The ocean quahog, Arctica
islandica, is a bivalve mollusk distributed in temperate
and boreal waters on both sides of the North Atlantic Ocean. In
the northeast Atlantic, quahogs occur from Newfoundland to Cape
Hatteras. Ocean quahogs in US waters are managed as a single stock
35.1) although trends in abundance, recruitment and mortality
Ocean quahogs are found at depths from 8 to
400 m. Ocean quahogs further north occur closer to shore. The
US stock resource is almost entirely within the Exclusive Economic
Zone (EEZ, 3-200 mi from shore), outside of state waters and at
depths between 20 and 80 m. The notable exception is fishable
concentrations in state waters off the coast of Maine. Ocean quahogs
are rarely found where bottom water temperatures exceed 16o
C. They burrow in a variety of substrates and are often associated
with fine sand.
Ocean quahogs are among the longest lived,
slowest growing marine organisms in the world. Ocean quahogs off
Southern New England, in the Mid-Atlantic Bight and on Georges Bank
can live to at least 200 years. Ocean quahogs in the EEZ resource
are relatively large and old, with most individuals 70-110 mm (2.8-4.3
in) shell length. Growth is slow after about age 20, which is also
about the age at which many individuals become vulnerable to fishing.
Growth is faster on Georges Bank and off Maine although ocean quahogs
in Maine waters are seldom larger than 70 mm (2.8 in).
Size and age at sexual maturity
are variable and poorly known. Based on studies in Icelandic waters,
10%, 50% and 90% of female ocean quahogs were sexually mature at
40, 64 and 88 mm (1.5, 2.5 and 3.5 in) shell length or approximately
2, 19 and 61 years of age. Spawning occurs over a protracted interval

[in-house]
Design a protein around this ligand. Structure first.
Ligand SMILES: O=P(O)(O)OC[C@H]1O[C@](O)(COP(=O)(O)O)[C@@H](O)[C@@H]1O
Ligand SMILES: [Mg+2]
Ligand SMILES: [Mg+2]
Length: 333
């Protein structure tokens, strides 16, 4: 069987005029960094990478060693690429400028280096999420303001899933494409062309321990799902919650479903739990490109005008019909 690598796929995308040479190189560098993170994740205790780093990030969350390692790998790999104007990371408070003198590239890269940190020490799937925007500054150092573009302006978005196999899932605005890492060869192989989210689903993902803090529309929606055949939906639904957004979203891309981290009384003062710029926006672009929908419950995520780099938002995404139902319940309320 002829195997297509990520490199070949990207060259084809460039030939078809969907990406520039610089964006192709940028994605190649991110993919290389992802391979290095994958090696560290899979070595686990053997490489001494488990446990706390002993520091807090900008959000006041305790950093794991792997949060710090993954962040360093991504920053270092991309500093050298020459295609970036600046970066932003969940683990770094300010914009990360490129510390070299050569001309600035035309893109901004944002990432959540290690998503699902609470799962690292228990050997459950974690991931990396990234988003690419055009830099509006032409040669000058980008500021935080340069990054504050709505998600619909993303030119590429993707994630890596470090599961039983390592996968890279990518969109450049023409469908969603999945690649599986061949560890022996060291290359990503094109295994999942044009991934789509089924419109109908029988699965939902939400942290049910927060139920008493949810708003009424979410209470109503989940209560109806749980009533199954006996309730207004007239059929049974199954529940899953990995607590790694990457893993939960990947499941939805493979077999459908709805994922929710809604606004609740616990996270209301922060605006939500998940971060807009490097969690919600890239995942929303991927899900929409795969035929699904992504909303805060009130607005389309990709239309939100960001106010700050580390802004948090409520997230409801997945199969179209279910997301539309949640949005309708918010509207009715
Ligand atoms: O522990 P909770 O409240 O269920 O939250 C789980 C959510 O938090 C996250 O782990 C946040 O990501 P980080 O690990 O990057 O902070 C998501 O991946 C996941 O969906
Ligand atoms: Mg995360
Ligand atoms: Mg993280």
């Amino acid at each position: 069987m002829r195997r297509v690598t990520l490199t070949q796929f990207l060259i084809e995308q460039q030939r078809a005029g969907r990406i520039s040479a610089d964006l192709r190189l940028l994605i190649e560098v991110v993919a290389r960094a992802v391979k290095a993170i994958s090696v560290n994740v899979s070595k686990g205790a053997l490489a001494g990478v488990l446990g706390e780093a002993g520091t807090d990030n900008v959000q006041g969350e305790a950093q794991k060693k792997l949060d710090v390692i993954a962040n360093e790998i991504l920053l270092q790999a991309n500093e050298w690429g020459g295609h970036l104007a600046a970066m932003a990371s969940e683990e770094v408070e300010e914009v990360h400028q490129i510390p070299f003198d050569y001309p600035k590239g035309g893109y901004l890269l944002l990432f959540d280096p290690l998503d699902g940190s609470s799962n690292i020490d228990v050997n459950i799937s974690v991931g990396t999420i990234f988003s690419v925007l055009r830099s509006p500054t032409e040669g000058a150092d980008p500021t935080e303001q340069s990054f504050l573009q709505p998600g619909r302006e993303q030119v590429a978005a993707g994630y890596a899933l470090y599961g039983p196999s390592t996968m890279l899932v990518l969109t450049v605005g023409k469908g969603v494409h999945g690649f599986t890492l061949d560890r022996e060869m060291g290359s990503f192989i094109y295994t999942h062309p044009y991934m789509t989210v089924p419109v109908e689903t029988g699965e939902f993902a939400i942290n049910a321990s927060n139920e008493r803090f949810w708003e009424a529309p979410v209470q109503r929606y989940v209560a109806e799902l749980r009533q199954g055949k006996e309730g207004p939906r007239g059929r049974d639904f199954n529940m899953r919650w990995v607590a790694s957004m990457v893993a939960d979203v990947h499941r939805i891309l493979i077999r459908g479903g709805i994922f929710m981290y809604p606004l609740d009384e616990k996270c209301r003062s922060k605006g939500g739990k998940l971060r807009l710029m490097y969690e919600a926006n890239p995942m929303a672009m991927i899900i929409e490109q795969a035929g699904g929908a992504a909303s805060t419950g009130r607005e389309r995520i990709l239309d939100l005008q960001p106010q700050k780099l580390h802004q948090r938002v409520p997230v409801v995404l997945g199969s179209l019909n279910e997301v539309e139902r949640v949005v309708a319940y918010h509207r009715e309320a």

from summer through autumn. Free-floating larvae may drift far from
their spawning location because they develop slowly and are planktonic
for more than 30 days before settling. Major recruitment events
appear to be separated by periods of decades.
Based on their growth, longevity
and recruitment patterns, ocean quahogs are relatively unproductive
and able to support only low levels of fishing (removals of a few
percent per year). The current resource, which is still at a relatively
high biomass level, consists of individuals that accumulated over
The ocean quahog fishery was among
the first US fisheries managed using an individual transferable
quota (ITQ) system. ITQ management was established in 1990 by the
Mid-Atlantic Fishery Management Council under Amendment 8 to the
Surf Clam-Ocean Quahog Fishery Management Plan (FMP). Management
of the ocean quahog resource off Maine was addressed in Amendment
10, which was approved in 1999. Amendment 13, the most recent amendment,
was approved in 2002. It implemented various measures to facilitate
efficient management, including multi-year quotas and provisions
for use of automatic vessel monitoring systems (VMS) aboard fishing
The principal gear
used in the fishery is hydraulic clam dredges, which use jets of
water to dislodge ocean quahogs from sediments. A smaller “dry”
dredge (without hydraulic jets) is used in Maine waters. Recreational
and foreign fishing do not occur in the EEZ.
Ocean quahogs were first harvested
commercially during World War II off Rhode Island. Total landings
never exceeded 2,000 mt of shucked meats until 1976. Annual ocean
quahog landings increased from about 23,000 mt during 1979-1983
to about 20,000 mt of meats during 1987-1993. Landings
declined from 1994 to 2000, increased during 2001-2003, but declined
in 2005 to about 13,000 mt meats, which was the lowest level since
1980. Landings from Maine waters are minor (< 2% of EEZ landings)
(Table 35.1, Figure
[Fig 35.2 Data]).
Large ocean quahogs from the EEZ
have relatively small, dark and tough meats which prevent their
use as clam strips or in higher valued products. Landings from the
EEZ are used in processed clam products such as soups, chowder and
sauces. Landings of smaller ocean quahogs from Maine waters are
marketed as “mahogany clams” sold on the half-shell
market or for steaming.
Fishing effort for ocean quahogs
in the US EEZ increased from 21,000 to 46,000 hours fished during
1980-1991, decreased to 33,000 hours during 1996, varied without